Featured Research

from universities, journals, and other organizations

Perfectly Proportioned Legs Keep Water Striders Striding

Date:
August 7, 2008
Source:
American Chemical Society
Summary:
The amazing water strider -- known for its ability to walk on water -- came within just a hair of sinking into evolutionary oblivion. Scientists are reporting that the insect's long, flexible legs have an optimal length that keeps it afloat.

The amazing water strider — known for its ability to walk on water — came within just a hair of sinking into evolutionary oblivion. Scientists in France and the United Kingdom are reporting that the insect's long, flexible legs have an optimal length that keeps it afloat.

In the new study, Dominic Vella notes that scientists already know much about the water-repellant structure of the water strider's legs and how it allows them to efficiently scoot and jump on ponds and lakes. However, the insect's many adaptations to life on water surfaces pose scientific puzzles. Solving those mysteries may have practical applications in the design of water-walking robots that can support the maximum possible payload, they note.

Building on earlier work by scientists at Carnegie Mellon University, Vella developed a mathematical model to determine the maximum weight load that a thin, flexible cylinder — representing a water strider's legs — can support on a liquid surface without sinking. He found that as the length of the cylinder increases, the maximum load at first increases but then reaches a plateau at some critical length.

After that length, the cylinder begins to bend and is not able to support more weight. Comparing the model to measurements on museum specimens, Vella found that the strider's legs are typically slightly shorter than the critical length. This suggests that the water strider's legs are just the right length: Long enough to provide maximum weight support but not long enough to bend and hinder the insect's movement, he says.


Story Source:

The above story is based on materials provided by American Chemical Society. Note: Materials may be edited for content and length.


Journal Reference:

  1. Vella et al. Floating Objects with Finite Resistance to Bending. Langmuir, 2008; 0 (0): 0 DOI: 10.1021/la800245k

Cite This Page:

American Chemical Society. "Perfectly Proportioned Legs Keep Water Striders Striding." ScienceDaily. ScienceDaily, 7 August 2008. <www.sciencedaily.com/releases/2008/08/080804121631.htm>.
American Chemical Society. (2008, August 7). Perfectly Proportioned Legs Keep Water Striders Striding. ScienceDaily. Retrieved September 2, 2014 from www.sciencedaily.com/releases/2008/08/080804121631.htm
American Chemical Society. "Perfectly Proportioned Legs Keep Water Striders Striding." ScienceDaily. www.sciencedaily.com/releases/2008/08/080804121631.htm (accessed September 2, 2014).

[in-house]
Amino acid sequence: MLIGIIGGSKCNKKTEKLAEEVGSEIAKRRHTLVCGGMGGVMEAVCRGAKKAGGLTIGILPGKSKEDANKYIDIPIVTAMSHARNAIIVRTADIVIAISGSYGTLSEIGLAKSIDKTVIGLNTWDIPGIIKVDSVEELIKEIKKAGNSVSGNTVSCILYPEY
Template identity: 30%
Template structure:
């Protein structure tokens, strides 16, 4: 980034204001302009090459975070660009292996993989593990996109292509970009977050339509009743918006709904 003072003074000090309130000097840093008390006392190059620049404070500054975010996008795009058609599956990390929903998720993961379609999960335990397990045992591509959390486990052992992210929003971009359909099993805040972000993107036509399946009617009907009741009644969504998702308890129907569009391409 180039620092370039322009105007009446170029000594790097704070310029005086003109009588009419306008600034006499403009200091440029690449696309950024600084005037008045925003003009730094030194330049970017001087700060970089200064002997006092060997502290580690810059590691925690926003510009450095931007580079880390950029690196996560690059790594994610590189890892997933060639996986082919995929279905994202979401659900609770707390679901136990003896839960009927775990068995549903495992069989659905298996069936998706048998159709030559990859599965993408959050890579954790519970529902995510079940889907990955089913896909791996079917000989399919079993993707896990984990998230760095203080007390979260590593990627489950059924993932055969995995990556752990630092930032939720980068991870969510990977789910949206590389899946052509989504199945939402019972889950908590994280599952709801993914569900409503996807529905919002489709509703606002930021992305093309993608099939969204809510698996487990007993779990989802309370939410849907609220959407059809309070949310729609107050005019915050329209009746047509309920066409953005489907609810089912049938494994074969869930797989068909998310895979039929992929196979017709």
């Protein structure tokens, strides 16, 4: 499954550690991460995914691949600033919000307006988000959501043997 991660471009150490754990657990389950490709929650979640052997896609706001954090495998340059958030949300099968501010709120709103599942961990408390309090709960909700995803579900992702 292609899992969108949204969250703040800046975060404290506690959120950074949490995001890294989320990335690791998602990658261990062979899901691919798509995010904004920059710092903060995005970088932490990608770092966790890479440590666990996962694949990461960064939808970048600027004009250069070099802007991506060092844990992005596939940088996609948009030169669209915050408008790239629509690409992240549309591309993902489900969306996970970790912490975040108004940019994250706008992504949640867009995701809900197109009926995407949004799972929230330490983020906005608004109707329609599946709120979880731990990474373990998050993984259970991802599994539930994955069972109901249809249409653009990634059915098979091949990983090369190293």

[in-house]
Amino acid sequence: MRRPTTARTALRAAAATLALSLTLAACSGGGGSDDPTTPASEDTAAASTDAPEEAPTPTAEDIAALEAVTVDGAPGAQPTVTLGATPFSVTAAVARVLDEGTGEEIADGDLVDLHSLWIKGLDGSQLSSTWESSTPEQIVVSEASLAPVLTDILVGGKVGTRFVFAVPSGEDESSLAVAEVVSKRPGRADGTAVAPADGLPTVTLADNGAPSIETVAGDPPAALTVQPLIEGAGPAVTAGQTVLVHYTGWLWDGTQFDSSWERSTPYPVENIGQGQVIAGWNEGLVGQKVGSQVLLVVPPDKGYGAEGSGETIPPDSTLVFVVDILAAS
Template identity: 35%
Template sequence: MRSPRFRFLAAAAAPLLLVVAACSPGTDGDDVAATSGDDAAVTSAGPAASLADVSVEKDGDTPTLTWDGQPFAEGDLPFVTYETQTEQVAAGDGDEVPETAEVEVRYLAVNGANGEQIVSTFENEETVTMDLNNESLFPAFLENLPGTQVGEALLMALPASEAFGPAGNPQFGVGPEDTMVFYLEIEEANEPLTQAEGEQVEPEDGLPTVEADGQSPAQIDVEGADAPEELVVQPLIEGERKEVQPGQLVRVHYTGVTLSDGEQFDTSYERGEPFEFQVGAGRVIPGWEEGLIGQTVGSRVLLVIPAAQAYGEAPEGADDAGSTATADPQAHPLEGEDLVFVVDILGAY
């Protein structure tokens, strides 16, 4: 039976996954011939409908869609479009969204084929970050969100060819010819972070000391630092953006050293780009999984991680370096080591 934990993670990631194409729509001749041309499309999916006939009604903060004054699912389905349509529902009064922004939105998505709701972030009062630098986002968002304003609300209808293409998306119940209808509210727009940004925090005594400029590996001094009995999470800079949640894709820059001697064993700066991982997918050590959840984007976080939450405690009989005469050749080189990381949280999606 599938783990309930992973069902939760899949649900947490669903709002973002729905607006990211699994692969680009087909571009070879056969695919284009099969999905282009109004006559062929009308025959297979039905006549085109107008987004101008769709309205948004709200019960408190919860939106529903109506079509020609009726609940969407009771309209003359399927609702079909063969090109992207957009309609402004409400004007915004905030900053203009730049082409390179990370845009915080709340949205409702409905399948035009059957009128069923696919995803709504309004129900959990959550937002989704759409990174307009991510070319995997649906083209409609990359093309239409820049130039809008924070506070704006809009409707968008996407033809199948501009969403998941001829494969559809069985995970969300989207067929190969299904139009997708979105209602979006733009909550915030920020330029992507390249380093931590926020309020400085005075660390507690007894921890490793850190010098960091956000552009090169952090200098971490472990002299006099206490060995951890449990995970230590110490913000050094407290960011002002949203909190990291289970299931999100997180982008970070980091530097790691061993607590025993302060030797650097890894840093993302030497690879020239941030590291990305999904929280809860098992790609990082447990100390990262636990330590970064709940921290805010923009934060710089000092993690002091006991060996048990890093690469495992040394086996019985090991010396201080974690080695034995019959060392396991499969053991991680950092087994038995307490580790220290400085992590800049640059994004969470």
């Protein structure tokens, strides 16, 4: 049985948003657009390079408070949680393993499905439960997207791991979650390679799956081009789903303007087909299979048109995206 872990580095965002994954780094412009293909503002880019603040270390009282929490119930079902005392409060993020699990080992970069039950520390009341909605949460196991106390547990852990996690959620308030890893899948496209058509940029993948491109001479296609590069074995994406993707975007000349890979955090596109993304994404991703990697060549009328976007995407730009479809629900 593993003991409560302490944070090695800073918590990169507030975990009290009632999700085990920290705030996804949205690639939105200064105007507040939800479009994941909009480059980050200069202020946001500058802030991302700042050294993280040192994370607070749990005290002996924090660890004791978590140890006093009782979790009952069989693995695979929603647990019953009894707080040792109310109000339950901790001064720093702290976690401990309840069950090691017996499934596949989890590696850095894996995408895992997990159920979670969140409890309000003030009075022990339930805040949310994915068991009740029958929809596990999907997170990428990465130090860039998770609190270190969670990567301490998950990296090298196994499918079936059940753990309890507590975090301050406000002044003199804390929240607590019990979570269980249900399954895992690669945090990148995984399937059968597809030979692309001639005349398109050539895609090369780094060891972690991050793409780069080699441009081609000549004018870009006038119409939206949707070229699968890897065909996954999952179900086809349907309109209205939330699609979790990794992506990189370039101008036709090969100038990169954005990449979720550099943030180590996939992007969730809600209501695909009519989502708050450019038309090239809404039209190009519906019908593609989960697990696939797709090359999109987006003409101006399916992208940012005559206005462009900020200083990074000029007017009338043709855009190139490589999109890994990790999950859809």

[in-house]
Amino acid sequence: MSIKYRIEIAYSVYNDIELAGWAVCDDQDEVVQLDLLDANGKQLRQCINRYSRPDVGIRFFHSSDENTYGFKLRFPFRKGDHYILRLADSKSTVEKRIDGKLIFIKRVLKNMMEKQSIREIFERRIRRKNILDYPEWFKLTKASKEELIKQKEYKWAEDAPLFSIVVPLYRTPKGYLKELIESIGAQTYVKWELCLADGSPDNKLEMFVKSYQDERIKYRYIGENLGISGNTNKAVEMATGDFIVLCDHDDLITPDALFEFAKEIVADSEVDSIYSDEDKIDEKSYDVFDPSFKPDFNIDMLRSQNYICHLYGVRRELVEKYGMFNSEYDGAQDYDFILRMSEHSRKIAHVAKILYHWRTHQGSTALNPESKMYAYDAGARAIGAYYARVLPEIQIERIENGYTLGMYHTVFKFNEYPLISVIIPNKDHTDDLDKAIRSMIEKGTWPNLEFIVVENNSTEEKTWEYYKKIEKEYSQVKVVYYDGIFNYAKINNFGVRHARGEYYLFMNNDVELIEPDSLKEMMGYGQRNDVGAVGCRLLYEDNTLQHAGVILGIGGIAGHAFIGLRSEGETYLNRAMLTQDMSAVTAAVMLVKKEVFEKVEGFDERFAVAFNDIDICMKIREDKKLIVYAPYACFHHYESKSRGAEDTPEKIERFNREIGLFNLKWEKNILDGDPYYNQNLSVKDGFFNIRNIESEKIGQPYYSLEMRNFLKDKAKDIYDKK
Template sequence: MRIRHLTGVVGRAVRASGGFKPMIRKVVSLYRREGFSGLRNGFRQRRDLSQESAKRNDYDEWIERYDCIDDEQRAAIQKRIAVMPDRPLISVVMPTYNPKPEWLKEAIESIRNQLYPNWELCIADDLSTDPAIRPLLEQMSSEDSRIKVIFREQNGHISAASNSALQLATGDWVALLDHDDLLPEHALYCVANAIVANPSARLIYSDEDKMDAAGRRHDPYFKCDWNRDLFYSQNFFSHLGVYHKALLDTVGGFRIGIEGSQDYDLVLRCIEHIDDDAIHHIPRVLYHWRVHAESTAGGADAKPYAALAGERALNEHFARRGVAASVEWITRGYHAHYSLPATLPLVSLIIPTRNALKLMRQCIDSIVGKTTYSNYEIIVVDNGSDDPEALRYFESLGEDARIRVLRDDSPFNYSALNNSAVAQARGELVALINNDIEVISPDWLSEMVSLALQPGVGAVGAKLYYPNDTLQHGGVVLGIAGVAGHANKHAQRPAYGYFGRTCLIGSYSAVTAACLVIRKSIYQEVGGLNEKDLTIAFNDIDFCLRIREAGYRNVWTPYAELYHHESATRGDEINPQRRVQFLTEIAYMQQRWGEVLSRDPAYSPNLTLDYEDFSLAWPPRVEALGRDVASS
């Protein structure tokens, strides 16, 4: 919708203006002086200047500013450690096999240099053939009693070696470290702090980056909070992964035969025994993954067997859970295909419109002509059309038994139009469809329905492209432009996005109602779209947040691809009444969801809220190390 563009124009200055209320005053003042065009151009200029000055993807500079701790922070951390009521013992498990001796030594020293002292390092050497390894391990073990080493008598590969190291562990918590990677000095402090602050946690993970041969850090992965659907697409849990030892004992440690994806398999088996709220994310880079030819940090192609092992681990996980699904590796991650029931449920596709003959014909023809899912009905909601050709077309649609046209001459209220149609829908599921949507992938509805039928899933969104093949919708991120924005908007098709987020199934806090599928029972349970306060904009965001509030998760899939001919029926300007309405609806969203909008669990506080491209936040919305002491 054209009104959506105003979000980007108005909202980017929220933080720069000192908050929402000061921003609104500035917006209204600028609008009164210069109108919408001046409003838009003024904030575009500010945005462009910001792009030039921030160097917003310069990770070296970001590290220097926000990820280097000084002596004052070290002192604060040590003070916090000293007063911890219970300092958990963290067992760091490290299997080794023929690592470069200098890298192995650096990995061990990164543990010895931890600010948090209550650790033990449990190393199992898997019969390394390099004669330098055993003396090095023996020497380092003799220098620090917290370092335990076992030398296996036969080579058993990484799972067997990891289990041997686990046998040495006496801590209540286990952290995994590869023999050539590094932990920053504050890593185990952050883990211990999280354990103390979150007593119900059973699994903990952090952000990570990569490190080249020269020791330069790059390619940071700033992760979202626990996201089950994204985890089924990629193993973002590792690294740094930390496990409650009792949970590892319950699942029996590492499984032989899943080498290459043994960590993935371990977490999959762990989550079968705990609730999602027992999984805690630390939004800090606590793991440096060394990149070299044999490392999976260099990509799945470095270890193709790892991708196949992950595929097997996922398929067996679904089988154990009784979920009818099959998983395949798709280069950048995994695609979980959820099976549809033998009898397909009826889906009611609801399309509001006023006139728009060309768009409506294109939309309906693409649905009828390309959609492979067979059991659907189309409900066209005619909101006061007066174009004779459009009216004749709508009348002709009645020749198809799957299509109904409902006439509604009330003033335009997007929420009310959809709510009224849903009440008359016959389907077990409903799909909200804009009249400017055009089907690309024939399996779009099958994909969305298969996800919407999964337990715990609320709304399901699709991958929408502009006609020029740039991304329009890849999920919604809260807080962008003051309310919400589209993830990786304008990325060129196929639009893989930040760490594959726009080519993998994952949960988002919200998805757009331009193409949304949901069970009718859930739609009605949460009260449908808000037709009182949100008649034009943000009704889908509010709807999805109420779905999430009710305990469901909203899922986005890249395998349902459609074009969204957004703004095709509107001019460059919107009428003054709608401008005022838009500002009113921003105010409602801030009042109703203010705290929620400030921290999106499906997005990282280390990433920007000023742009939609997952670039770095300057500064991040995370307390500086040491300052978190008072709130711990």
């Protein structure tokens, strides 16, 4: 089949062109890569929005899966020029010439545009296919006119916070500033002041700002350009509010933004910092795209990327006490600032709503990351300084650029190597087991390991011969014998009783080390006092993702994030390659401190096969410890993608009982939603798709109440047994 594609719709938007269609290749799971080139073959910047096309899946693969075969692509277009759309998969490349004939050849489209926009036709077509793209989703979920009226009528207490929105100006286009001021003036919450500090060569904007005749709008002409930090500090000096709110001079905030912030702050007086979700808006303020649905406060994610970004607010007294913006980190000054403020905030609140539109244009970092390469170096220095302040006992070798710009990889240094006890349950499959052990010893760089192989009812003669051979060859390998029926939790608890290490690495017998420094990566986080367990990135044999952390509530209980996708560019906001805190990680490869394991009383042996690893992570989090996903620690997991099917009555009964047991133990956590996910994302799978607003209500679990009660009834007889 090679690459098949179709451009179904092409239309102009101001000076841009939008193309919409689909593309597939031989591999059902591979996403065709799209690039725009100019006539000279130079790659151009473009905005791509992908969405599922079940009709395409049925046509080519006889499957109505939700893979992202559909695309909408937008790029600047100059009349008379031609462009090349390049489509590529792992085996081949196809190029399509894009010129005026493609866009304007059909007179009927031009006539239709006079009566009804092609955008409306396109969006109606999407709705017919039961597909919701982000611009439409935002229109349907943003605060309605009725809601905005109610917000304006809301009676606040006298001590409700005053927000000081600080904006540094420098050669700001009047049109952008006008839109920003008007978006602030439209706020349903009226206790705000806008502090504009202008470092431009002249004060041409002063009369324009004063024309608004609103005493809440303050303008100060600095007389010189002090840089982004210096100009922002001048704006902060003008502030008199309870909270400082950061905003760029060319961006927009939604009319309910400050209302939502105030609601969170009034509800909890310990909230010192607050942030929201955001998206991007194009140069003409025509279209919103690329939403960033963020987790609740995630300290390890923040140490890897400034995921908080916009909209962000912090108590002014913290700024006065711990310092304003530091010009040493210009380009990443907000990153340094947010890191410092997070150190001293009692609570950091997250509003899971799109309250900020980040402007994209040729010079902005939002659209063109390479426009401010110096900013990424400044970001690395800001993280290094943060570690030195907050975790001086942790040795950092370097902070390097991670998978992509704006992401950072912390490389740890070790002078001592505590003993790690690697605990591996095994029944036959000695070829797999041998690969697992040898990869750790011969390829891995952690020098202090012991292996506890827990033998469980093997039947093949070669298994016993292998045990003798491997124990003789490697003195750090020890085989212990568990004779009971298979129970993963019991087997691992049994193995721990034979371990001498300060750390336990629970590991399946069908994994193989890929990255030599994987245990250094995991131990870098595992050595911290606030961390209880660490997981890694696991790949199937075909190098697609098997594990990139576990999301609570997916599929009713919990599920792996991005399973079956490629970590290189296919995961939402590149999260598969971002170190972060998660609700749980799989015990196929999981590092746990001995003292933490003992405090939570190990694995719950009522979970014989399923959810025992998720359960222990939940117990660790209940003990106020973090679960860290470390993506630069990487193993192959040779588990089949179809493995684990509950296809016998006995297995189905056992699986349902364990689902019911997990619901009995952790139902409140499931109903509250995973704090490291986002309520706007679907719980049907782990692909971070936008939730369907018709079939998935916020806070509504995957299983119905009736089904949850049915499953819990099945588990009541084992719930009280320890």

Share This




More Plants & Animals News

Tuesday, September 2, 2014

Featured Research

from universities, journals, and other organizations


Featured Videos

from AP, Reuters, AFP, and other news services

U.N. Says Ebola Travel Restrictions Will Cause Food Shortage

U.N. Says Ebola Travel Restrictions Will Cause Food Shortage

Newsy (Sep. 2, 2014) — The U.N. says the problem is two-fold — quarantine zones and travel restrictions are limiting the movement of both people and food. Video provided by Newsy
Powered by NewsLook.com
Sharks Off the Menu and on the Tourist Trail in Palau

Sharks Off the Menu and on the Tourist Trail in Palau

AFP (Sep. 2, 2014) — Tourists in Palau clamour to dive with sharks thanks to a pioneering conservation initiative -- as the island nation plans to completely ban commercial fishing in its vast ocean territory. 01:15 Video provided by AFP
Powered by NewsLook.com
We've Got Mites Living In Our Faces And So Do You

We've Got Mites Living In Our Faces And So Do You

Newsy (Aug. 30, 2014) — A new study suggests 100 percent of adult humans (those over 18 years of age) have Demodex mites living in their faces. Video provided by Newsy
Powered by NewsLook.com
Coffee Then Napping: The (New) Key To Alertness

Coffee Then Napping: The (New) Key To Alertness

Newsy (Aug. 30, 2014) — Researchers say having a cup of coffee then taking a nap is more effective than a nap or coffee alone. Video provided by Newsy
Powered by NewsLook.com

Search ScienceDaily

Number of stories in archives: 140,361

Find with keyword(s):
 
Enter a keyword or phrase to search ScienceDaily for related topics and research stories.

Save/Print:
Share:  

Breaking News:
from the past week

In Other News

... from NewsDaily.com

Science News

Health News

Environment News

Technology News



Save/Print:
Share:  

Free Subscriptions


Get the latest science news with ScienceDaily's free email newsletters, updated daily and weekly. Or view hourly updated newsfeeds in your RSS reader:

Get Social & Mobile


Keep up to date with the latest news from ScienceDaily via social networks and mobile apps:

Have Feedback?


Tell us what you think of ScienceDaily -- we welcome both positive and negative comments. Have any problems using the site? Questions?
Mobile iPhone Android Web
Follow Facebook Twitter Google+
Subscribe RSS Feeds Email Newsletters
Latest Headlines Health & Medicine Mind & Brain Space & Time Matter & Energy Computers & Math Plants & Animals Earth & Climate Fossils & Ruins